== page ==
In the news / Insect and Microbe Systems

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For much of the past century, the invasive pink bollworm wreaked havoc in the southwestern United States and northern Mexico. A multifaceted strategy eradicated the pest from cotton-producing areas of the region according to a new study led by Regents professor, UArizona Entomology department head, and BIO5 member, Dr. Bruce Tabashnik. According to the study, the eradication program saved U.S. cotton growers $192 million from 2014 to 2019. Through environmentally friendly approaches, it also helped to reduce insecticides sprayed against all cotton pests by 82% and prevented the application of over a million pounds of insecticides per year in Arizona.
 
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Music, metals and microbes are connected by more than just a leading consonant – for Dr. Michael Johnson, these three subjects harmonize to inspire his creativity and discovery. 

 
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The world’s hottest rainforest is located not in the Amazon or anywhere else you might expect, but inside Biosphere 2, the experimental scientific research facility in the desert outside Tucson, Arizona. A recent study of tropical trees planted there in the early 1990s reported a surprising result: They have withstood temperatures higher than any likely to be experienced by tropical forests this century.
 
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Drs. Laura Meredith and Jana U’Ren pivoted their scheduled field work trip to Alaska to infer the impact of terrestrial carbon loss on climate change.
 
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The NASA Astrobiology Program has selected eight new interdisciplinary research teams to inaugurate its Interdisciplinary Consortia for Astrobiology Research program, including two teams at the University of Arizona. One team led by Dr. Betül Kaçar, Molecular and Cellular Biology assistant professor and BIO5 member, was selected from a pool of more than 40 proposals. The breadth and depth of the research of these teams spans the spectrum of astrobiology research, from cosmic origins to planetary system formation, origins and evolution of life, and the search for life beyond Earth.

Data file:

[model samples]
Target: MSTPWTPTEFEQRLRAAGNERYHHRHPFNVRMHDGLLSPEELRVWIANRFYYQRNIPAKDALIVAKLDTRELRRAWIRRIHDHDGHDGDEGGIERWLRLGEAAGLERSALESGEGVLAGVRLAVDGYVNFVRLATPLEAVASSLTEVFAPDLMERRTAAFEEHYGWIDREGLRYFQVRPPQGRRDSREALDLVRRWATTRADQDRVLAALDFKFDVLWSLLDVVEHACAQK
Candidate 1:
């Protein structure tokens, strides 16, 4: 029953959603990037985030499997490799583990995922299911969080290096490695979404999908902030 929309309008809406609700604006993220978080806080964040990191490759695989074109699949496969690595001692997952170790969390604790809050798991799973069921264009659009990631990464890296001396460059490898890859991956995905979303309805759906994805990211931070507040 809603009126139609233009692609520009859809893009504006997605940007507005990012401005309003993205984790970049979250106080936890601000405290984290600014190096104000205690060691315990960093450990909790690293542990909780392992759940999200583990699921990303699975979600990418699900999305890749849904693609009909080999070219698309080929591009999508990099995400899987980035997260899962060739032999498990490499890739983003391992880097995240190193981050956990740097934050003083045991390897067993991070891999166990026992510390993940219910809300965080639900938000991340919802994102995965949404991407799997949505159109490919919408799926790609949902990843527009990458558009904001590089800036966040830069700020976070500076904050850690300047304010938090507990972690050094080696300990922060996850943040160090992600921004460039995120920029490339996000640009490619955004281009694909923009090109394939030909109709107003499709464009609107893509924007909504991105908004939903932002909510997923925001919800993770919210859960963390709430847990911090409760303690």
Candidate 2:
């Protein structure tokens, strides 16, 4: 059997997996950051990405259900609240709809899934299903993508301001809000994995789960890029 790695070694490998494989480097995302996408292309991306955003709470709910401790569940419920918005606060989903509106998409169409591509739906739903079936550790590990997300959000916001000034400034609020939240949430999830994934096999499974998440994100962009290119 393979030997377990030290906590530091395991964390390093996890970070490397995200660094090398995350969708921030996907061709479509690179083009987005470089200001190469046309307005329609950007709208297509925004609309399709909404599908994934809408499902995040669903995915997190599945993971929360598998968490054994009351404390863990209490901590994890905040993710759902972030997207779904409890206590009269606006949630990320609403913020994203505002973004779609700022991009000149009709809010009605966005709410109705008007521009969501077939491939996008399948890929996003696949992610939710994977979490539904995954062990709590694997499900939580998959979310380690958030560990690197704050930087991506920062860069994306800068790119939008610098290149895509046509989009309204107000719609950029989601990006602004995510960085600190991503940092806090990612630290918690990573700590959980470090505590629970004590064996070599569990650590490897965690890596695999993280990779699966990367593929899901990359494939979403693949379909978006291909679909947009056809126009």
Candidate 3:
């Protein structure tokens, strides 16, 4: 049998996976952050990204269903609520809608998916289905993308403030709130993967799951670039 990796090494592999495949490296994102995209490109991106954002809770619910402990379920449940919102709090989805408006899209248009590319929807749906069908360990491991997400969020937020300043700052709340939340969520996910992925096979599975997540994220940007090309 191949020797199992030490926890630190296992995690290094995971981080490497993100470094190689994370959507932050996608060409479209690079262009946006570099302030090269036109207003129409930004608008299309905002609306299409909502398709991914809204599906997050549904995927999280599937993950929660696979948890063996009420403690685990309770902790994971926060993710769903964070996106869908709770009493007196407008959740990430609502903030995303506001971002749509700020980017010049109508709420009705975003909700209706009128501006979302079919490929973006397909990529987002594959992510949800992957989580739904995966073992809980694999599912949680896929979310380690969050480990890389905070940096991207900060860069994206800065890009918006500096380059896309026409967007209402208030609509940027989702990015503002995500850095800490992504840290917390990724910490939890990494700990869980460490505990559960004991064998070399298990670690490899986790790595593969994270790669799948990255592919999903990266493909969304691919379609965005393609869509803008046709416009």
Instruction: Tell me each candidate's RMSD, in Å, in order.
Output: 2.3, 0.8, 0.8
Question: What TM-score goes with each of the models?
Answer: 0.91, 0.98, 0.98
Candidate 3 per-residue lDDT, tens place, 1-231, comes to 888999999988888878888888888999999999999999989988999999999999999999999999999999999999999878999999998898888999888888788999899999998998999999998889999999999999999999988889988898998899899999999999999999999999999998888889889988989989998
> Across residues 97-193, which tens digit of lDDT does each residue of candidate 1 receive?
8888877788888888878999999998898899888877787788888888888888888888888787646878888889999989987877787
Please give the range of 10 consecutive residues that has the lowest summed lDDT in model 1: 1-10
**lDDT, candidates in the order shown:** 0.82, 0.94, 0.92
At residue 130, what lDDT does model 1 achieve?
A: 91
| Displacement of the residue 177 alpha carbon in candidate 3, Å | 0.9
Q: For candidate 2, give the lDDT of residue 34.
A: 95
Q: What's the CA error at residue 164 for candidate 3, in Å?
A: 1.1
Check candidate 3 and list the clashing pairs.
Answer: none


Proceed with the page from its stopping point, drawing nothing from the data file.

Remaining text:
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Dr. Bruce Tabashnik, head of the Department of Entomology and BIO5 member, has won the Plant-Insect Ecosystems Lifetime Achievement Award in Entomology from the Entomological Society of America. Dr. Tabashnik's research has provided fundamental knowledge about insects for enhancing agricultural sustainability and reducing the use of harmful insecticides.
 
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Dr. Michael D.L. Johnson, UArizona Immunobiology assistant professor and BIO5 member, discusses why he participated in the virtual ‘Black In Microbiology Week’ event this week. Dr. Johnson also shares about his outreach towards connecting Black, Indigenous and other undergraduate students of color to academic mentors.
 
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While many of us have been working from home this summer, several species of insects and plants have been acting out fascinating plays of interactions and mutual interdependence across campus. Dr. Judith Bronstein, UArizona Distinguished Professor of Ecology and Evolutionary Biology and BIO5 member, discusses what we can learn from these mutualistic interactions and how she studies insect dynamics.
 
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The BIO5 Postdoctoral Fellowship provided Jennifer Lising Roxas with a steppingstone to attain a two-year USDA fellowship award that funds her salary, research and travel to professional development opportunities.